The British Period is a very significant era in Maltese history. World Wars and Maltese Independence are the most historic dates of the period. The British legacy still lives on in many aspects of daily life in Malta today.
After assisting the Maltese to expel the French, the British found themselves sovereign of the Islands, but were at first uncertain as to whether they should retain the territory. The Treaty of Amiens in 1802 established that Malta would be passed back to the Order of St. John, but some locals were not keen to return to their former rulers and requested to remain under British protection.
As it happened, the Peace of Amiens was short lived and the Napoleonic wars resumed. The British were thus committed to defend Malta and would eventually gain full sovereignty of the Maltese Islands by the provisions of the Treaty of Paris in 1814. From then on, Malta became an important part of the British Empire, a strategic stronghold in the region and a stepping stone for Britain’s expansion to the East.
Through cycles of war and peace, Malta’s fortunes were inextricably linked to those of Britain. This was never more evident than during World War II when the islands played a pivotal role in the Mediterranean theatre of war. The role of the Maltese Islands during the First World War as a supply station and as a base for the recovery of the injured earned the Islands the title, ‘Nurse of the Mediterranean’.
The bravery of the Maltese people during the World War II was acknowledged by King George V who awarded the whole population of Malta his George Cross for valour.
After the war, the movement for self-determination grew stronger and finally Malta was granted Independence on September 21st, 1964. British forces retained a presence in Malta until March 31st 1979 when their military bases on the island were closed. The Islands became part of the British Commonwealth.
The British Legacy
Malta was part of the British Empire for over 150 years, so it is hardly surprising that business, laws and education have some British overtones. Today, you’ll find plenty of this special blend of Mediterranean Britishness around in Maltese daily life.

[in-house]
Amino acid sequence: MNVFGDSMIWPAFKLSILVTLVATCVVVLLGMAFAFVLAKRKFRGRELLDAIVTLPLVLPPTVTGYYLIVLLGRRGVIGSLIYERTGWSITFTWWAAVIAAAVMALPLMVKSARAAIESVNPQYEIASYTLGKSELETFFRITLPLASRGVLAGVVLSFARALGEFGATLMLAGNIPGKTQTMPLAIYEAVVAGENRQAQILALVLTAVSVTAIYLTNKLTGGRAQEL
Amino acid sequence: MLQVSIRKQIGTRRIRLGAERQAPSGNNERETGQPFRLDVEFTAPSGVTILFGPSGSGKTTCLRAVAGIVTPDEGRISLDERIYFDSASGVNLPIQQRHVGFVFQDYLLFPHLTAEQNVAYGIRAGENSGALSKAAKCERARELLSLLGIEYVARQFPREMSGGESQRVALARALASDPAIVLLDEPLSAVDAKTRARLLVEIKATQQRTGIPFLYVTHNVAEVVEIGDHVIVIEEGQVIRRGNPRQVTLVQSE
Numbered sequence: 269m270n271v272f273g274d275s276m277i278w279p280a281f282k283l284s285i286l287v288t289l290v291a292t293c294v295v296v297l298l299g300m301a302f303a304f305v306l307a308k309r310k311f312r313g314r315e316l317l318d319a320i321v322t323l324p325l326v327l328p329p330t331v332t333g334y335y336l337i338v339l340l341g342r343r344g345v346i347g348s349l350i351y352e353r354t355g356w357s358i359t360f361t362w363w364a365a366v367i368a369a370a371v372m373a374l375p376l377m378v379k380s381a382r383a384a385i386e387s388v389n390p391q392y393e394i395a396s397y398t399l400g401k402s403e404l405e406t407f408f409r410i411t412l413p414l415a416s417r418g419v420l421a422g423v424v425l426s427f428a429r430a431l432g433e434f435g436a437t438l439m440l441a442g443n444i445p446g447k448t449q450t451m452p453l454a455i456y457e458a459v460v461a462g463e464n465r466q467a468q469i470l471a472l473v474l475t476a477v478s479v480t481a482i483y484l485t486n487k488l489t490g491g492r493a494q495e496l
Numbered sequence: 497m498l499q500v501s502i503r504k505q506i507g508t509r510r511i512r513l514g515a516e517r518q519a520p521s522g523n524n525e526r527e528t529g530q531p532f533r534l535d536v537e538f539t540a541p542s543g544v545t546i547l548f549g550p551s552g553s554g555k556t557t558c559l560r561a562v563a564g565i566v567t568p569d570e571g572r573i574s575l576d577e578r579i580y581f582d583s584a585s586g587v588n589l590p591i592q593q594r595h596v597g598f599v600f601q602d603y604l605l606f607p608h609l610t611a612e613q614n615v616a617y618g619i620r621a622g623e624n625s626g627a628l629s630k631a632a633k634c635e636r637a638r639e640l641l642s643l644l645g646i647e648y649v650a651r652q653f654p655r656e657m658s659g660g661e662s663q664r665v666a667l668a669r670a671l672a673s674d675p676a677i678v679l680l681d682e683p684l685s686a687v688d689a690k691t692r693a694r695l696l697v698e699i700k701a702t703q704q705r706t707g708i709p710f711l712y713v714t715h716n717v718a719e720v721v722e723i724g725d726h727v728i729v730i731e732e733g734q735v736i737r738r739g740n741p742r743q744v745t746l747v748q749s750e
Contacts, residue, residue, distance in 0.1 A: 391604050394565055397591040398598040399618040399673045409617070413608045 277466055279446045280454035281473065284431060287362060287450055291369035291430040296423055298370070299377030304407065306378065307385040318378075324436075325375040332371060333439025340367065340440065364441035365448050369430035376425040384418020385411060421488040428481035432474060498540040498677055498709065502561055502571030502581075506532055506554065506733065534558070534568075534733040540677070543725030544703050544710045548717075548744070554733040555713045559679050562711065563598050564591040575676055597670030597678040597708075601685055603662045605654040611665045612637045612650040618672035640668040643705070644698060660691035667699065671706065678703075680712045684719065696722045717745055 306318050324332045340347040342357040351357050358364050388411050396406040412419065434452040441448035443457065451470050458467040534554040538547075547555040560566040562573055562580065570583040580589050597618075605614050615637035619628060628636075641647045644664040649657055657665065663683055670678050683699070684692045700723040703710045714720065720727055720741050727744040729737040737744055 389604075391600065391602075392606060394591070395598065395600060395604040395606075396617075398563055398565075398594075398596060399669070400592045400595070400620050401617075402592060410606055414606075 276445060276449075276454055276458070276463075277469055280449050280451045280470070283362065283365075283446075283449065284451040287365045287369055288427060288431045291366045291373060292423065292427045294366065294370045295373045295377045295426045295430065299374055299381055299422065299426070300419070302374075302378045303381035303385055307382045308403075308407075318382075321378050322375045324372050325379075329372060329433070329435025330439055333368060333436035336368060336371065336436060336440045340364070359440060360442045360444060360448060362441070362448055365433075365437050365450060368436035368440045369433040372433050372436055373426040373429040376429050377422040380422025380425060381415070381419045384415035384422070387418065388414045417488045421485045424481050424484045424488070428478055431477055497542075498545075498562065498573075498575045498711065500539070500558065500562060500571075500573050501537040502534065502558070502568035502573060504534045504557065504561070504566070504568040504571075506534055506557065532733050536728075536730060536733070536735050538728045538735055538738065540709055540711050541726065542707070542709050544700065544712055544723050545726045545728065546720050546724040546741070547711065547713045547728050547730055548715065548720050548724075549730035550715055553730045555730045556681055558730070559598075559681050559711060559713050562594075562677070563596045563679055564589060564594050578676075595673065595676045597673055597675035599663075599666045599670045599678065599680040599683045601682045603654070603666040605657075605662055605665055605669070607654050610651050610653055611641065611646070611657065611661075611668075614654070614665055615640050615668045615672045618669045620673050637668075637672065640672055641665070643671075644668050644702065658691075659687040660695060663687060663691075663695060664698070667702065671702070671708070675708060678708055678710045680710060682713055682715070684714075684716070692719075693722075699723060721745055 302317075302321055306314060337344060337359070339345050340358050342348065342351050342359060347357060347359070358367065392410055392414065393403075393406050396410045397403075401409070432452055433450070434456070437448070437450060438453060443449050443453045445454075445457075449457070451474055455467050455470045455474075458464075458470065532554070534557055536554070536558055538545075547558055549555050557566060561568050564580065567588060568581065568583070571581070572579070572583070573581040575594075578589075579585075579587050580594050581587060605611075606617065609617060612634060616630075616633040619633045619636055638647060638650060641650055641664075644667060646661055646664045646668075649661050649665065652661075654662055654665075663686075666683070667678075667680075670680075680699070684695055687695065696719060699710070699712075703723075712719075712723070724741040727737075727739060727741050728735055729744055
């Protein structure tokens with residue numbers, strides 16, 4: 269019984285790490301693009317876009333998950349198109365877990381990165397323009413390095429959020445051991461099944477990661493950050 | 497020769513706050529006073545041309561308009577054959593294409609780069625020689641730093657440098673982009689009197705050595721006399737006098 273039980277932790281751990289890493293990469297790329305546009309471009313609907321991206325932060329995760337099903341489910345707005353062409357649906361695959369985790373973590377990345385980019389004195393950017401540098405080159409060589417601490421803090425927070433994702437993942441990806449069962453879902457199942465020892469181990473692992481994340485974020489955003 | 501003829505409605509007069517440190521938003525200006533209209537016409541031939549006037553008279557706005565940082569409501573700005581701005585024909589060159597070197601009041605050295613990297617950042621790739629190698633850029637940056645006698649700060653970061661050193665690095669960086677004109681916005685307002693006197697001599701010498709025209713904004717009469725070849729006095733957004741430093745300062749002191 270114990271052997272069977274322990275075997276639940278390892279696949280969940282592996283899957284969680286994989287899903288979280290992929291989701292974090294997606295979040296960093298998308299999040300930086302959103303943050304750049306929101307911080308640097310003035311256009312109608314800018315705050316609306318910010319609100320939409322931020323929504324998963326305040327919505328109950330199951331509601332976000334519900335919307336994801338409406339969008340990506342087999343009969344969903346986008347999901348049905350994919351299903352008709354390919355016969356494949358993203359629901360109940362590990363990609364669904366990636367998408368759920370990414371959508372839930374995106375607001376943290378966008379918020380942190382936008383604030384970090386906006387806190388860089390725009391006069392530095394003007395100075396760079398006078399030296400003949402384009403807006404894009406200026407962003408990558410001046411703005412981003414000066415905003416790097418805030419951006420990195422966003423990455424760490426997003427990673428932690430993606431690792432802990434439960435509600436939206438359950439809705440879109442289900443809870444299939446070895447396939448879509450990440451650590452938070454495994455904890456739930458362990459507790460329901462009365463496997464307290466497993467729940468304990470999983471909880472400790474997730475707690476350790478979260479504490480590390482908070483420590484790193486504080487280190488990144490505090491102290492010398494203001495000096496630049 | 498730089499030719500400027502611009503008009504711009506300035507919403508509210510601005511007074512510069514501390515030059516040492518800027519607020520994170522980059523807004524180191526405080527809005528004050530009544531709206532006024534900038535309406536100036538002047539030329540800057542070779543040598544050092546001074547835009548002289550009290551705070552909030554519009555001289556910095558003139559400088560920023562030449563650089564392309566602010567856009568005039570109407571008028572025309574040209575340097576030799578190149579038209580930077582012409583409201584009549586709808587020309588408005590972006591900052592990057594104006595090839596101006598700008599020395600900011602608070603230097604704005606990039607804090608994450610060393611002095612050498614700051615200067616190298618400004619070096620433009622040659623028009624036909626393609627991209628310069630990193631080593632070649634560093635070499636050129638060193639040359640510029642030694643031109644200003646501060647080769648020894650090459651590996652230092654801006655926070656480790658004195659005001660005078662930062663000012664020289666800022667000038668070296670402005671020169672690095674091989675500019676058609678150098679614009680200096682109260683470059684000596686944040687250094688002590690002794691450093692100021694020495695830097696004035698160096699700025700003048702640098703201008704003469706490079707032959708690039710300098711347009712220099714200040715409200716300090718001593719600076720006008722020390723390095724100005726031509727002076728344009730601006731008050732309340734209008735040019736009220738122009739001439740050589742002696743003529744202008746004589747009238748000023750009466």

English is a joint official language with Maltese. It is spoken fluently and widely. But English, as other languages such as Italian, has made an impact on daily conversation in Maltese (Malti). The Maltese often switch effortlessly from Malti to English mid sentence.
Walking through the capital, Valletta, you’ll come across shops and cafes with British names harking back to mid last century. Visitors are always surprised and charmed to see old-fashioned, red-painted, British letter and phone boxes when this street furniture has all but disappeared in the UK itself.
Driving is on the left, as in the UK. Out and about on the road, you’ll come across a number of old British cars: Morris Minors, Ford Anglias and Prefects, Triumphs and Bedford lorries. Many are used regularly for daily travel, but others are lovingly cared for vintage models seen out only on special occasions.
Maltese cooking has also adopted some elements of British fare: local bars and cafes serve the British breakfast and brunch. Beer is a favourite drink here as in the UK, and is sold in ‘pints’ and ‘half pints’ rather than litres.